Amerigroup leaders recognized a time for transition.
John Littel, executive vice president of external relations, saw that period as a stop in the classic evolution of a company from small and entrepreneurial to maturing and mid-sized.
"It's good to have a healthy dose of self-awareness," Littel said. "That was sort of a reminder that we need to be very aware of all of the components to success and not to just say, 'Because it was successful in the past means you're going to be successful in the future.'?"
Carlson dug deep into Amerigroup's core and started making changes.
"I figured out that the people who do this successfully get a very tight agenda of what they are trying to do, and they repeat it over and over again," he said. "They measure it, and they do it until they get what they need."
He looked at how the company credentialed providers, how its employees interacted with plan members and its program for complying with thousands of regulations across numerous states.
Amerigroup reviewed its claims processing and re-evaluated all of its contracts. And Carlson started the delicate process of assessing his workforce, making sure the right people were in the right jobs. The chief financial officer left before the end of 2005.
Carlson brought in more-experienced people who he felt would still be comfortable in their roles years in the future, when the company was even bigger. Amerigroup did better in the fourth quarter and for the year of 2005 than expected, but it took several months for the company to recover fully from its third-quarter miss.
The rocky years weren't over yet.
An ex-employee along with the state of Illinois and the federal government sued Amerigroup, claiming that the company had defrauded the government by discouraging women with advanced pregnancies from enrolling. Amerigroup maintained that the state had agreed that it was a bad idea for those patients to switch care; however, a federal jury ruled against the company. Amerigroup agreed in 2008 to pay a $225 million settlement.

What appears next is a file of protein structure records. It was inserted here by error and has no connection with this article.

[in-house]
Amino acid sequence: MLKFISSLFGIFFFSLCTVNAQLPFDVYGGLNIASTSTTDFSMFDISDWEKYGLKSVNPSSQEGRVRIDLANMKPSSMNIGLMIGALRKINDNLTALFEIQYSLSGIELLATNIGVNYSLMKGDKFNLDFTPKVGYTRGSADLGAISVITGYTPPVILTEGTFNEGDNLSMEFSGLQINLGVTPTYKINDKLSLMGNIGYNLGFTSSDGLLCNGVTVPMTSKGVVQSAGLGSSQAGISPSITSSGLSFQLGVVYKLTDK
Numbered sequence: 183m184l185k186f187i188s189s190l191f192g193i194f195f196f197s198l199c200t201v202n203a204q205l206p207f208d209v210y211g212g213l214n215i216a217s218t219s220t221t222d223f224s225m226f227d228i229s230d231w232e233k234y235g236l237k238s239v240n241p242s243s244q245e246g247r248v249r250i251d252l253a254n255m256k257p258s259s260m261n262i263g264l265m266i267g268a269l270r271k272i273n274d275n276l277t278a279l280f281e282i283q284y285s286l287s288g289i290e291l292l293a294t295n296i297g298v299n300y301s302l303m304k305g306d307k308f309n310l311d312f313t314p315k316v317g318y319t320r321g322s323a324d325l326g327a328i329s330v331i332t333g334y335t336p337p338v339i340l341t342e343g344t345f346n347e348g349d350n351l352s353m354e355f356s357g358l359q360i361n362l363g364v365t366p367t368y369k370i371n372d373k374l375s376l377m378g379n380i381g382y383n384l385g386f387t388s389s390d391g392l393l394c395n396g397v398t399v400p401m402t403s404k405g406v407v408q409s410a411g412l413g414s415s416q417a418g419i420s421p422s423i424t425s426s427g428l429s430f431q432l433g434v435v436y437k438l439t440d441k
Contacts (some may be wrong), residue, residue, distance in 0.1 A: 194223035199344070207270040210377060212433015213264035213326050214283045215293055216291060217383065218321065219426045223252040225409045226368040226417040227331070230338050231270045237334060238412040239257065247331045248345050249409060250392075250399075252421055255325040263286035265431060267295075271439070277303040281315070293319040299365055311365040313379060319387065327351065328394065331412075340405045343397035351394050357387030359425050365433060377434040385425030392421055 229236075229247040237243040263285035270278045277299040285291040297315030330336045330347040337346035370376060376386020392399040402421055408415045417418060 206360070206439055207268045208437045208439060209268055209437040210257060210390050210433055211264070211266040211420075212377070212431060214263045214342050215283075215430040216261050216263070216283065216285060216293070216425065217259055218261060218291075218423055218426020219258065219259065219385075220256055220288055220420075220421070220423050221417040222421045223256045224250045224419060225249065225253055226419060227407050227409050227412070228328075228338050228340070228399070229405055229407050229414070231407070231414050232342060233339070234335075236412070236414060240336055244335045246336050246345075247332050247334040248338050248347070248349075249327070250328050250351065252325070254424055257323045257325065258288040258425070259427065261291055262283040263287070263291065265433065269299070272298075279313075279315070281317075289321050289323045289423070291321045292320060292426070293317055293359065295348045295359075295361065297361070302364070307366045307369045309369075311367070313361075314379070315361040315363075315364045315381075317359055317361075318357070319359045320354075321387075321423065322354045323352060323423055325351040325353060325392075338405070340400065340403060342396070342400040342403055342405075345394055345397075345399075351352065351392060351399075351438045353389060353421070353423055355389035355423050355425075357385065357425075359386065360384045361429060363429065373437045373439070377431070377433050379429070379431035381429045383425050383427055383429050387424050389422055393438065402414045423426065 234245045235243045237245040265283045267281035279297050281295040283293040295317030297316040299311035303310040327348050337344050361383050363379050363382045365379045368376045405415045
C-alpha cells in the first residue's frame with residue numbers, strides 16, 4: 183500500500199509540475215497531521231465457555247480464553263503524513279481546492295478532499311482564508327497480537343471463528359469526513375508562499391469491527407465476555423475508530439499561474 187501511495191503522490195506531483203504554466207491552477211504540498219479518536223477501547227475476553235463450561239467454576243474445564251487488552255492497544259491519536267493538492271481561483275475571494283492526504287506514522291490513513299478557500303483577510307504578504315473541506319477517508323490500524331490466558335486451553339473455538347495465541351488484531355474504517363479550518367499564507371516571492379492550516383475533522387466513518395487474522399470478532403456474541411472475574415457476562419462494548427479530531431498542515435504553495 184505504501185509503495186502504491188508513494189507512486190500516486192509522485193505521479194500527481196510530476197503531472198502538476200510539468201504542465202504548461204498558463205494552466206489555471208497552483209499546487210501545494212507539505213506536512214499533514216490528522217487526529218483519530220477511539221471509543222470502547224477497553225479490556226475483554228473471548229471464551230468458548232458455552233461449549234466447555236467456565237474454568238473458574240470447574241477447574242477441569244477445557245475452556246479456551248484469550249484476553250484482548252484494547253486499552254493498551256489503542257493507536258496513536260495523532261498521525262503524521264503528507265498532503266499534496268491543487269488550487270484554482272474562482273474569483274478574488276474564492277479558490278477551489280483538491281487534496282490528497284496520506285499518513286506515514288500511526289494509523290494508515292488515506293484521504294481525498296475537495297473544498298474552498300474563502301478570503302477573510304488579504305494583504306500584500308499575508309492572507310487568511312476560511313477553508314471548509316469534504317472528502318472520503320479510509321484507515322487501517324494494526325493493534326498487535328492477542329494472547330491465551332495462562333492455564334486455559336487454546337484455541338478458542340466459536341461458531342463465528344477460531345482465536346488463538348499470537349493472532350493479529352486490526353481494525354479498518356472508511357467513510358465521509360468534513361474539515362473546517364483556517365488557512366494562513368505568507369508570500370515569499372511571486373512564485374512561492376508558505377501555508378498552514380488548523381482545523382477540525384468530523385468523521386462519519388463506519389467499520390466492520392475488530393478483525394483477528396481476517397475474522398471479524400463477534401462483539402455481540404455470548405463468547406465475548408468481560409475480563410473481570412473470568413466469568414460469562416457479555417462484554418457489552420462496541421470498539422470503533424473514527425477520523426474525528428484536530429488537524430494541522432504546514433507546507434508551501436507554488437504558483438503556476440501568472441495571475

In 2007, Amerigroup agreed to pay $5 million to settle a suit filed by shareholders, who contended that they had been defrauded after the company's share price tanked on news that it lost money in the third quarter of 2005.
McWaters stepped down as CEO in August 2007.
He was 51. He wanted a good, healthy decade with his family and some time to actively pursue his next endeavor. He talked about focusing on presidential politics and advocating for improvements in health-care coverage. In 2010, he was elected to the Virginia Senate, where he still serves.
He had no doubt who his successor would be.
McWaters hadn't consciously hired Carlson to take over the company, and Carlson hadn't taken the job with an eye toward becoming CEO.
But many of the top executives by then were Carlson's hires, so they were comfortable with him. So was the board. So was Wall Street.
It helped that the two men, both former internal auditors, saw many things the same way.
"In business, you don't want necessarily everybody around you that thinks like you," McWaters said, "but the person that's going to replace you, that's pretty good if they think kind of like you think."
In the past five years on Carlson's watch, Amerigroup increased its workforce to 6,600 and expanded to serve more than 2.7 million members in 14 states. Its revenue grew to $6.3 billion in 2011.
The company broke into the Fortune 500 in 2010, and it created a National Advisory Board of advocates and scholars promoting appropriate long-term care services for seniors and people with disabilities -- a relatively new market for Medicaid managed care that holds great growth opportunities.
On July 9, Carlson joined the CEO of WellPoint to announce Amerigroup's sale for $4.9 billion.
The combined company is poised to serve 4.5 million people in 19 states' public health insurance programs, making it one of the largest Medicaid managed-care providers at a time when the industry verges on stratospheric growth.
Under the agreement, WellPoint would pay $92 per share in cash to acquire about 48.5 million outstanding Amerigroup shares.
Carlson said last week that he couldn't yet speak freely about the details of the deal, but that he was optimistic about Amerigroup's future as a WellPoint subsidiary.
"This is probably the most dramatic thing we can do to really secure the future of our people here," Carlson said. "They've built something great here, and it's going to be able to go forward for a long time."
Amy Jeter, 757-446-2730, email@example.com